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A visiting speaker in Economics recently happened to mention that John Maynard Keynes' A Treatise on Probability revolutionized probability theory. I have not heard any such claim before and it struck me as strange. The Wikipedia page contains some effusive praise from Russell but nothing specific. This leads me to ask:

1) Is this claim approximately true?

2) In what specific ways did it impact probability theory?

3) What are some specific citations which demonstrate this?

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    $\begingroup$ This seems like a stretch. See Aldrich (2008) for a nice review. There's also Robert (2011). $\endgroup$
    – dimitriy
    Apr 18, 2014 at 4:43
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    $\begingroup$ You can wait a while until the History of Science and Mathematics StackExchange site comes into public beta, then ask this question there. $\endgroup$ Apr 18, 2014 at 7:24
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    $\begingroup$ Was the visitor British? ;-) $\endgroup$ Apr 21, 2014 at 18:30
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    $\begingroup$ Yes, strange. If anyone can make a claim about revolutionizing probability theory, it is probably Kolmogorov. $\endgroup$
    – Michael
    Apr 23, 2014 at 2:24
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    $\begingroup$ You can find some comments in : Maria Carla Galavotti (editor), Cambridge and Vienna Frank P. Ramsey and the Vienna Circle (2006), with an essay by P.Suppes on Ramsey’s Psychological Theory of Belief, and also in Jan von Plato, Creating Modern Probability. Its Mathematics Physics and Philosophy in Historical Perspective (1994). I think that Keynes contribution was obscured by the "neopositivist" trend in pre 2WW philosophy and by von Mises and Kolmogorov contributions. Also, in England the figure Harold Jeffreys was of greater historical importance than Keynes in prob theory. $\endgroup$ Apr 23, 2014 at 15:12

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If you have a copy of Kai Lai Chung's Elementary Probability Theory, you will find Keynes' picture next to that of Kolmogorov, Polya, Feller and other probability heavy weights. (I do not know if you would cosider this evidence.) According to my modest understanding, Kolmogorov formalized probability theory and practically re-wrote the field. As far as I know he provided the framework to study probability in a measure theoretic sense. Keynes was influential not in a mathematical sense, but in a philosophical sense. A situation that exemplifies his struggle between quantifiable probability and reality is that if you have a fair coin and toss it 20 times, say you get 15 heads in a row, it would be natural to argue the coin is not fair.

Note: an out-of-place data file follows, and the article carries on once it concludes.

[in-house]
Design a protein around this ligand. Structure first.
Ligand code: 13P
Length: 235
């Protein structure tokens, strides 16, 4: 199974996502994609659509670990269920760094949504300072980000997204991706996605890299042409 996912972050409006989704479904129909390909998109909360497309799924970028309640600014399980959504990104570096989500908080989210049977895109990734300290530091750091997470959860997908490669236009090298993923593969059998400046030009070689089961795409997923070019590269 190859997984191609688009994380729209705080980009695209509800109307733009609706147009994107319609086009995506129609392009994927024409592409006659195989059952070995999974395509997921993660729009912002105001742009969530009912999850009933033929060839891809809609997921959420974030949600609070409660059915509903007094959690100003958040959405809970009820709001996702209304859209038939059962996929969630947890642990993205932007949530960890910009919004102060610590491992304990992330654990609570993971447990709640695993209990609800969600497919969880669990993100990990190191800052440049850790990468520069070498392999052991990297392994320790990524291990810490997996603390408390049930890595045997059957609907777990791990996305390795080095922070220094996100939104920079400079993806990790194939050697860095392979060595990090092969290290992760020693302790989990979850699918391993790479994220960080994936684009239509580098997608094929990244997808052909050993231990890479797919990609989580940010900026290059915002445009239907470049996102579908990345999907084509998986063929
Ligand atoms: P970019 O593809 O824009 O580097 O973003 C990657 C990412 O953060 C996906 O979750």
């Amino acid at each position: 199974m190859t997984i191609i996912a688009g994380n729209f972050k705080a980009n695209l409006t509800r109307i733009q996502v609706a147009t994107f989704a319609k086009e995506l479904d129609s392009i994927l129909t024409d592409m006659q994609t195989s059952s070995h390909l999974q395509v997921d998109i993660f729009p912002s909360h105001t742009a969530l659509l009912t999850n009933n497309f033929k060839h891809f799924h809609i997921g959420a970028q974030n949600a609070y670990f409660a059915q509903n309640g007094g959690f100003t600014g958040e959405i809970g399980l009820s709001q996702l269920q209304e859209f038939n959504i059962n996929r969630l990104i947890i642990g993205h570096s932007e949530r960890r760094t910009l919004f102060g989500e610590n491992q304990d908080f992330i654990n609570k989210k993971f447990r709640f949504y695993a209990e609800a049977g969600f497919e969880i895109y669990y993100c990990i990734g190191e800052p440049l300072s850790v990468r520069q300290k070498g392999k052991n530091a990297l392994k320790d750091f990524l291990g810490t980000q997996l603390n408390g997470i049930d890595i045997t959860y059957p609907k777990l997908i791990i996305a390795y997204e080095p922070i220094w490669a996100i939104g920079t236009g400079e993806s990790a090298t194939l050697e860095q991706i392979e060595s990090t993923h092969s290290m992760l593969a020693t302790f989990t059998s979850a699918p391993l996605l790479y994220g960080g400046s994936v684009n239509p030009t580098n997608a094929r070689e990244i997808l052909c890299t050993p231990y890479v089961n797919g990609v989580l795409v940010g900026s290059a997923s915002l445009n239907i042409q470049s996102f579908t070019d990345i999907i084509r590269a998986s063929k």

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J M Keynes did not revolutionize probability theory.J M Keynes revolutionized decision theory by showing that the mathematical laws of the calculus of probabilities were a special case requiring that the weight of the evidence,w,where w is defined on the unit interval[ 0,1],must equal ,approximate ,tend,or approach 1 in order for the probability calculus to be operationalized where 0 is less than or equal to w ,which is less than or equal to 1.The weight of the evidence ,w,measures the completeness of the relevant evidence upon which the probability estimates are based.w=1 requires that the sample space of all possible outcomes be specified before any decision is made or,what amounts to the same thing,a specific ,unique probability distribution is known before any decision is made. A w <1 requires the use of interval estimates ,which contain an upper and lower bound. The first economist to specify an interval estimate of probability was Adam Smith in the Wealth of Nations on pp.106-109 of the Modern Library(Cannan) edition See p.714 for Smith's clearcut statement that probabilities can't be estimated precisely .

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Thank you for your comment.Unfortunately, Kolmogorov's axiom system assumes linearity and additivity. His precise or point estimate approach to probability gives correct answers only in those fields where the weight of the evidence, w, equals, approximates, or approaches 1 in the limit. It is in many of the areas of physics, chemistry, biology ,and engineering where the weight of the evidence is close to 1,where w, the weight of the evidence ,is defined on the unit interval between 0 and 1.w=1 means you are able to define a sample space of all possible outcomes before you begin your experiment or analysis.

Keynes's approach is based on Boole's indeterminate approach to probability and uses intervals, not point estimates ,because in many instances, especially in social science, liberal arts , economics, business, finance , and public policy, there is substantial missing evidence that will never be available to the decision maker when he must make a choice. Boole's system, Keynes's version, and Hailperin's 1986 linear programming approach ,would treat Kolmogorov's approach as a special case where w=1.

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